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  • Writer's pictureXero Queen

Tax Treatment of Business Gifts

With Christmas almost upon us many companies like to give gifts to staff and customers alike, so is there any way of doing this and getting tax relief?

There is a general rule that no tax relief is given on the cost of giving business gifts, as by default, they are treated in the same way as entertaining. However, you’ll be pleased to hear that there are ways to get tax relief when buying some business gifts but as you’d expect with HMRC, there are strict rules that must be adhered to.

A Company or Sole Trader for that matter can give away an item in order to advertise to the public generally this could include a free sample or an item that incorporates an advertisement such as items branded with a company logo provided the following two rules are met.

  • The cost of the individual item is less than £50

  • The item is not part of a series of gifts to the same person which come to more than £50 in that accounting period.

There is a caveat to this, so it is really important to note that no tax relief is permitted for this type of item if the gift is food, drink, tobacco or an exchangeable voucher.

VAT treatment for gifts

  • Where a business makes gifts in excess of £50 or makes a series of gifts to one person exceeding £50 it should account for output VAT on the value of the gifts.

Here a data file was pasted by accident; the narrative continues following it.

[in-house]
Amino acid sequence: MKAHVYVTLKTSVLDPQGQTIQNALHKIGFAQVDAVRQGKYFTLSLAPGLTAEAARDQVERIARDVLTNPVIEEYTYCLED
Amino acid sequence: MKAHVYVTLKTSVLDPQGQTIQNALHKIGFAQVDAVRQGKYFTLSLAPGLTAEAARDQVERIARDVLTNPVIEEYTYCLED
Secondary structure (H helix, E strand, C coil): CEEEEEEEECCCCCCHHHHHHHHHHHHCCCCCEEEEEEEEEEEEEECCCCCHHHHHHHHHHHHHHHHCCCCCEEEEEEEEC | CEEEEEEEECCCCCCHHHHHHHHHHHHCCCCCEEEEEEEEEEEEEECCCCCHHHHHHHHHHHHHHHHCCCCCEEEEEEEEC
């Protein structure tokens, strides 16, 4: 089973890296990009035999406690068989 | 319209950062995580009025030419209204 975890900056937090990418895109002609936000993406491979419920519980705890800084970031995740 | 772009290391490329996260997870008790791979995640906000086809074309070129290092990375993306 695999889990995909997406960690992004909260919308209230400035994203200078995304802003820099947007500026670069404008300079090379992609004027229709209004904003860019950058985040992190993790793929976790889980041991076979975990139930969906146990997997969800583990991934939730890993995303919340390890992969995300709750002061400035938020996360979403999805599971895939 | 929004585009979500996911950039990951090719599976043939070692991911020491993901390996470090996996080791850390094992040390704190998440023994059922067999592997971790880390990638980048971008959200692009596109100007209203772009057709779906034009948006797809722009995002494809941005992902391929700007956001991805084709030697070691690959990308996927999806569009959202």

• Output VAT does not need to be accounted for where a gift is a free sample of the business's product.

Employee gifts

The rules are slightly different for an employee a gift made by an employer to an employee is tax deductible in the employer's accounts. Another caveat here the gifts concerned must not also be provided for others. What is meant by this, the gift in question must not also be provided to customers, or otherwise used as promotions to potential future customers, meaning the gifts provided to the employees are incidental to that.

  • VAT is then reclaimable on the cost of an employee's gift.

Business gifts to charities

A business gift is allowable when made to:

  • A charity

  • The Historic Buildings and Monuments Commission for England

  • The Trustees of the National Heritage Memorial Fund.

Where a gift is made by a company out of their trading stock, there is no requirement to bring in a receipt for the value of the gifted item(s).

Cash donations to charity

A cash donation is not classed as a business gift, and so without special rules a gift of cash to a charity will not be tax deductible under the first principles of - not "wholly or exclusively" made for the purposes of the business.

An individual who is a UK taxpayer may make a Gift Aid declaration and then the recipient will obtain tax relief by way of a refund (providing that it has registered with HMRC for Gift Aid).

A company will obtain tax relief on a cash donation as a deduction from profits and there are similar conditions which apply as for Gift Aid.


Subscriptions paid to trade bodies or associations are not generally speaking regarded as gifts; they are, therefore, tax deductible according to the business purpose test.

I hope you have found this blog helpful. There is further information available at www.GOV.UK.

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